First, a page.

Thursday, December 30, 2010

Updated: Unscheduled Detour

FYI, I am working away on the bra and I still intend to take photo post of the jeans soon (but my husband's been out the last couple of days).

Having said this, while I was out spending money at physio, I did buy one other thing: a book. Y'all know of my great respect for Gary Taubes and his tome of a few years ago Good Calories, Bad Calories. Seriously, this guy is a critical thinker par excellence. And he wants you to think critically too.

I wrote about GC, BC a long time ago. It was part of a Health and Lifestyle blog theme week that I'm quite proud of. I put a lot of myself into those posts so please feel free to check them out if you haven't seen them in the past:
At any rate, the story appears to be (and I'm largely making this up) that Mr. Taubes editor got together with him and said something like: Gary, you have to write another book, one that reproduces the same message you've been spouting since GC, BC but which doesn't get too avidly scientific. Because the doctors and talk shows want to espouse your outrageously well-researched food science findings, but your first book is simply too intelligent for the average reader.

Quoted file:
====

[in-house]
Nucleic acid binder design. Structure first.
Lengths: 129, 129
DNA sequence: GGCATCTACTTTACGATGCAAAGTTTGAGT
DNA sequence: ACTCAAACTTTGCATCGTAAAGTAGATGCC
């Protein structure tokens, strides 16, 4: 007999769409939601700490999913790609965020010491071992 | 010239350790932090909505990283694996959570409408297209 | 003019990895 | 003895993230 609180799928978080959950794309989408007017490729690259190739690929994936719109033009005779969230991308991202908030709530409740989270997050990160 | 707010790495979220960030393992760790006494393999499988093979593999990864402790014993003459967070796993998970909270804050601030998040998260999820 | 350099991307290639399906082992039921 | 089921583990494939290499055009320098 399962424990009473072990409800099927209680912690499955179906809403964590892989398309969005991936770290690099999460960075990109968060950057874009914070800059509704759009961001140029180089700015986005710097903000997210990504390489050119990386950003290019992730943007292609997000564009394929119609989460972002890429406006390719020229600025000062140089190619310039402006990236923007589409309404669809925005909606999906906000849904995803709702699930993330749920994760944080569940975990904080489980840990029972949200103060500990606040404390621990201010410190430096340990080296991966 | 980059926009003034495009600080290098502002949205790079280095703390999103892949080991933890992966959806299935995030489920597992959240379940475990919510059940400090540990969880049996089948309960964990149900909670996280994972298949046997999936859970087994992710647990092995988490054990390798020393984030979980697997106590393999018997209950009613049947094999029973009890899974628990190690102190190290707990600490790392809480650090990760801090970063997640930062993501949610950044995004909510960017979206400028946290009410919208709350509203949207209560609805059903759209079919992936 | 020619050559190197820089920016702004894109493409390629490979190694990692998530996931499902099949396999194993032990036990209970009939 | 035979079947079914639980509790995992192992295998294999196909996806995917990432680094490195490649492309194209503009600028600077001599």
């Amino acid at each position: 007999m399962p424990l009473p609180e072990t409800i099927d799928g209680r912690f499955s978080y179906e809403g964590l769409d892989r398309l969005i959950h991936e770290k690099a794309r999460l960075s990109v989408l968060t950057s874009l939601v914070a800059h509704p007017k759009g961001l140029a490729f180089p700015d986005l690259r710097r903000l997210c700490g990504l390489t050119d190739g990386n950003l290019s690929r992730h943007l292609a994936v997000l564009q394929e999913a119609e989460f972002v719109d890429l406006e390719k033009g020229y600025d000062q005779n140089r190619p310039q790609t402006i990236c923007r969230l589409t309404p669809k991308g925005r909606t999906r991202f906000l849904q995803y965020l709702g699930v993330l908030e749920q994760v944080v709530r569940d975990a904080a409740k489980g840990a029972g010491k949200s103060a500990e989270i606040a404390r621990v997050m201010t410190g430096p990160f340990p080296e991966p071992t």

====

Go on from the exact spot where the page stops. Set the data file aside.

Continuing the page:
I can't tell you how many people I tried to convince (unsuccessfully) to read GC, BC. That book changed so many of my preconceptions - not with diet-spout and conjecture, but with hard science. Look, I've known forever that fat people aren't fat because they lack will power. But I didn't realize that, in fat people, the creation of fat will supercede the use of food energy in any other way. I understand from personal experience - I too live in our processed-food, carb-addicted world - that protein keeps you full and lean. Muffins do not. 500 calories of muffin is vastly different - as far as your body is concerned - than 500 calories of eggs and bacon.

Insulin regulates the uptake of fat in your body. If you want to be lean, you have to do whatever you can to diminish spikes of insulin - which is increasingly challenging in a world with crap pseudo-food in every corner and appetites that have come to appreciate it - nay, crave it.

But don't take my word for it. If you never got around to GC, BC when I was trying to convince you to read it before (and you know that's everyone), please go for his latest book - a capsule piece at 250 pages - Why We Get Fat. See the catchy title? It seems much less intimidating than the original. I mean, the book art is a measuring tape!

Don't worry. It's still got science (though - shockingly - Taubes apologizes for it and implores his reader to stick with it?!?) but it applies that science much more directly to lay readers and the issue of why the first world is drowning in obesity (even diabesity).